Poetry Showcase: John Grey (April 2023)


My present, my past, can barely spell each other.
American cooking dominates my table.
My accent wavers like an interrogated con.
It’s Fall, not Autumn, 
and the trees are undressing outside my window.

And where are my cricket flannels?
And the Merino sheep 
my country was once said to ride upon?
Or the eucalyptus (California excepted)?

An immigrant –
it’s like being dropped down 
in the middle of a baseball game,
and in swim trunks.

I'm done in by everything from foliage to friends.
The woods are the domain of blue jay, cardinal and woodpecker.
And customs don’t take kindly to my enquiry, 
“Why are you doing that crazy thing?”

And what’s with all this flag-waving.
Like Thackeray’s Becky Sharp,
the country needs to be adored.


I didn’t lay the asphalt 
or paint the lines down the middle,
or engineer the whole thing 
so that it was straight and flat in some places

and up and down, 
twisting like an adder in others.
And it wasn’t me  
who drew the county boundaries,

established the towns,
put up the signs for everything 
from maximum speed 
to “Bridges ices before road.”

I’m the guy behind the wheel,
windows down, hair blowing back,
foot on the gas, accelerating.
I didn’t cut the ribbon,

or open the highway to traffic.
I was just the one
revving and shouting out,
“Thanks, I’ll take it from here.”


Here is the site of the auction block.
Some people came with bills of sale then.
In the museum, I see a faded photograph
of black troopers.
Some of the books I’ve read 
are already coming to life.

I stumble on brick sidewalks
but am raised to my feet 
by sounds emanating from a Gospel church.
Talking of lemonade,
does it ever taste better than when 
it’s ninety degrees out.

Statue of a Confederate soldier.
His fate is being debated in the letters page
of the local newspaper.
Barbecues spring up like mushrooms.
Sauce is lathered on like red shaving cream.

Crows in their mortuary garb.
Lamb on every menu.
Fiddle-head ferns waving 
when they’re not near fainting from the heat.

A row of Georgian houses
shaded by live oaks.
Running, darting children. 
in their yards.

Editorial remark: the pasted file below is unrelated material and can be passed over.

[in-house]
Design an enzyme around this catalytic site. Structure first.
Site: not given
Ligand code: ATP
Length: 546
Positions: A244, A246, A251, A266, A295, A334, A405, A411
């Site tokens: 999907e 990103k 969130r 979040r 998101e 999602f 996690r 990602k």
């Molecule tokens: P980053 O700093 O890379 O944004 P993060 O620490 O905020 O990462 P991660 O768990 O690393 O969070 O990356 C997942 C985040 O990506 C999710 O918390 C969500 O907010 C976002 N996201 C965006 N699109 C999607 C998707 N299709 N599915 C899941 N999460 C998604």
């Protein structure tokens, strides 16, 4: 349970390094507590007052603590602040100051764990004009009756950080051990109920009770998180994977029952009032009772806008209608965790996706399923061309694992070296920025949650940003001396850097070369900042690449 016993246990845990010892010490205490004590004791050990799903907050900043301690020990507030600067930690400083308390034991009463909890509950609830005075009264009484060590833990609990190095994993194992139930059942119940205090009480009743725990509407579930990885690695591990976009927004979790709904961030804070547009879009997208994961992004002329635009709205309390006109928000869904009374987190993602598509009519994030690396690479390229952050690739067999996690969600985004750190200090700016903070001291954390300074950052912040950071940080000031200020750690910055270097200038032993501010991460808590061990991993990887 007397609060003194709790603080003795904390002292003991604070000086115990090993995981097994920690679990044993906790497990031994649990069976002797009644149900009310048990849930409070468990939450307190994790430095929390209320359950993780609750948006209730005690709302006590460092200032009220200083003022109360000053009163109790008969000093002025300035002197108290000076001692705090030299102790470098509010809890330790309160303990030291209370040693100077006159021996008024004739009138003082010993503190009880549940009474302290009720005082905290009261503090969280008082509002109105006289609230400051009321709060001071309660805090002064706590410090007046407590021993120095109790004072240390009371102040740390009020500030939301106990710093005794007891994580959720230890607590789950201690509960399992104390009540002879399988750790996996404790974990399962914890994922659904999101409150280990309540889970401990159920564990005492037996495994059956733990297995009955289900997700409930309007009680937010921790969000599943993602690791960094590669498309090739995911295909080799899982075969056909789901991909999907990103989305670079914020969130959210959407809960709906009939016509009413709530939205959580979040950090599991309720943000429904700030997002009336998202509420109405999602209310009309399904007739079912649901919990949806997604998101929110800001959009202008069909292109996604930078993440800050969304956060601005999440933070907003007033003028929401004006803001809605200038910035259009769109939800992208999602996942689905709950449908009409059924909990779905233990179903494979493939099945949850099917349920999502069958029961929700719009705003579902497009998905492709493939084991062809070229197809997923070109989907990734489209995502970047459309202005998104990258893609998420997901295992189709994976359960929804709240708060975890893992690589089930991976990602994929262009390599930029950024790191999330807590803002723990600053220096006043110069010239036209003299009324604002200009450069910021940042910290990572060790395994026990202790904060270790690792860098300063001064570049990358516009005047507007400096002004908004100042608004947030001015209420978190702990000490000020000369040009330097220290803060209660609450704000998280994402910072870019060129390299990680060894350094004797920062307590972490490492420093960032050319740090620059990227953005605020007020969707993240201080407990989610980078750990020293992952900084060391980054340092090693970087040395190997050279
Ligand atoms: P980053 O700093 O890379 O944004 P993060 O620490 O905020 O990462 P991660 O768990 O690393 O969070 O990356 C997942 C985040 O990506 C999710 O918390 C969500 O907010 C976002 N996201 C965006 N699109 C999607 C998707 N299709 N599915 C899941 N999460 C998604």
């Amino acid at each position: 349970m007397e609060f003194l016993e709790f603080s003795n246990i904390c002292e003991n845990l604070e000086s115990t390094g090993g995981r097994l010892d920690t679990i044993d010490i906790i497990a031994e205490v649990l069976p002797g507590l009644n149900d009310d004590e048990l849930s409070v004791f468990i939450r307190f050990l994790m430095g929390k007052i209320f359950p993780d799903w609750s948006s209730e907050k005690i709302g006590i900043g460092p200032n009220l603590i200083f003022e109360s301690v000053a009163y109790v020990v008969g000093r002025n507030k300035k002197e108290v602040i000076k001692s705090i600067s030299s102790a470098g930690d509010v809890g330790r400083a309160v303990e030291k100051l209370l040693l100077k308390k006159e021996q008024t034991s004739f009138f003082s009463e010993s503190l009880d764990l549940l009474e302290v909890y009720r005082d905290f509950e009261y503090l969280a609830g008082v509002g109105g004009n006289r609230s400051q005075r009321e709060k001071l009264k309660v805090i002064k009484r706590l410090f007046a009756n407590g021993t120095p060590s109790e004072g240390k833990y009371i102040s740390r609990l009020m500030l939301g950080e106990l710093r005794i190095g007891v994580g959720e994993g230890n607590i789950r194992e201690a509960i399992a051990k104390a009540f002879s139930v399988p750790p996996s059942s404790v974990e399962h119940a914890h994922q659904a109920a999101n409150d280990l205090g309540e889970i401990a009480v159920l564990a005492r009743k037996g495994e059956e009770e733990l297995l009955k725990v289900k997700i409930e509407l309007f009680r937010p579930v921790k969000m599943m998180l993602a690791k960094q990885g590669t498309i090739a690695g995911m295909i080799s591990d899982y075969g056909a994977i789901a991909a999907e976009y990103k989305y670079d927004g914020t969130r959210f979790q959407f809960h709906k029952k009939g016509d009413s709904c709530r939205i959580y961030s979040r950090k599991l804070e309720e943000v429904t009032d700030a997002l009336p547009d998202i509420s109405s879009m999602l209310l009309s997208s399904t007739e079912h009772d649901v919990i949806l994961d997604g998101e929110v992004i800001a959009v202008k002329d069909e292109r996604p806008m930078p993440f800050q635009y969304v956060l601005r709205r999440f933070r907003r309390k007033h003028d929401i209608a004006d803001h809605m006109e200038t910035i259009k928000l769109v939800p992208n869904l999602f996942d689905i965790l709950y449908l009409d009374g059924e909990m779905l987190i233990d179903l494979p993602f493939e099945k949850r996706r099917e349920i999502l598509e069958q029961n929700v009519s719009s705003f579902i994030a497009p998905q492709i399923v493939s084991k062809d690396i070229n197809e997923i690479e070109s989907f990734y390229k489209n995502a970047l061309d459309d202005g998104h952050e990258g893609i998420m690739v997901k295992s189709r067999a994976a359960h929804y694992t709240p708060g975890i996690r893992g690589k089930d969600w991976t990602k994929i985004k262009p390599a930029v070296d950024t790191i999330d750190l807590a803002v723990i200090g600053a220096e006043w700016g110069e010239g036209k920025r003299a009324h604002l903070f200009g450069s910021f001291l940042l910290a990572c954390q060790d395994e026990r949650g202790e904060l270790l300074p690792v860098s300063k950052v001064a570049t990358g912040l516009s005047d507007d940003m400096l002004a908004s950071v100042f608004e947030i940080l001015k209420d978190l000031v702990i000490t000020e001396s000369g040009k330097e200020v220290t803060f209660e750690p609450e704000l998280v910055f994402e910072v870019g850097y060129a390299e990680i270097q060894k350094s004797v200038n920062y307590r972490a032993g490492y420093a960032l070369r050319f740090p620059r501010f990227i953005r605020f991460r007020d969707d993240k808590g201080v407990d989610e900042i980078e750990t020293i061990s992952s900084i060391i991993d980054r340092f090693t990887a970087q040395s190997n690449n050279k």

Dockyards bustling but slower
than up north.
Man on the river bank alone with his tackle box.
An Italianate theater preserved from the Civil War Days.
A painting of Robert E Lee in the window of a pawn shop.

Some guy laughing for no reason.
A woman with a racoon on a leash.
An old guy in an Allman Brothers t-shirt.
The smell of chili.
A salty breeze.
And then back to the auction block.
I saw some of what’s happening.
I started and ended 
with what must never happen again.


Everything flourishes,
even the weeds 
that edge the borders
where garden and grass divide,
accompanied by bud and limb,
scrawny flowers flexing their stamens, 
and the beginnings of shade,
	occasional insect eruptions
	to disturb the glory,
a swallowtail freeing itself at last
from the cocoon,
	another insect swarm,
	like morning haze
	at nightfall,
a man on his knees wielding a spade
at a time of unobstructed, uninterrupted growth,
days no longer hiding in the dark
	but stretching out,
	repairing winter’s glaucoma-clouded eyes,
so everything is clear, distinct, and individual,
	except for the insects
	who move as one
	across the hedge-top,
no more blearing adaptations needed,
forsythia, roses, no longer need be modest,
	can host those incessant insects
	for a time
	and emerge unscathed,
for beauty, from the subtle to the voluptuous,
is now the easy part,
blooms in all the colors I’ve been missing,
	for as windows open,
	yellows and purples do to,
though the house is screened
but outside, everything’s admitted.


On dying streets, the people congregate. 
There's no life in the houses. 
The stores are boarded up.

But on the crowded corners, 
inside and outside the barber shop, 
folks laugh and joke like breathing, 
smoke cheap cigarettes, 
pat the cheeks of babies, 
reminisce on the blazing history 
of a burnt-out three story tenement.

The neighborhood has to get together
or there is no neighborhood.
Street signs wither on their vine.
Empty lots are like cancer cells
threatening to spread.
Everyone's bitter at the lack of jobs.
The work gets to choose
and, these days, it's looking elsewhere.

But there's no hello 
that doesn't want to be there. 
There's no goodbye 
that leaves more than it stays.

Sure there's gangs. 
And there's drunks. 
And there's junkies. 
But the good survives 
so the bad won't have to.

Bio: John Grey is an Australian poet, US resident, recently published in Stand, Washington Square Review and Rathalla Review. Latest books, “Covert” “Memory Outside The Head” and “Guest Of Myself” are available through Amazon. Work upcoming in the McNeese Review, Santa Fe Literary Review and Open Ceilings.

By davidlonan1

David writes poetry, short stories, and writings that'll make you think or laugh, provoking you to examine images in your mind. To submit poetry, photography, art, please send to feversofthemind@gmail.com. Twitter: @davidLOnan1 + @feversof Facebook: DavidLONan1

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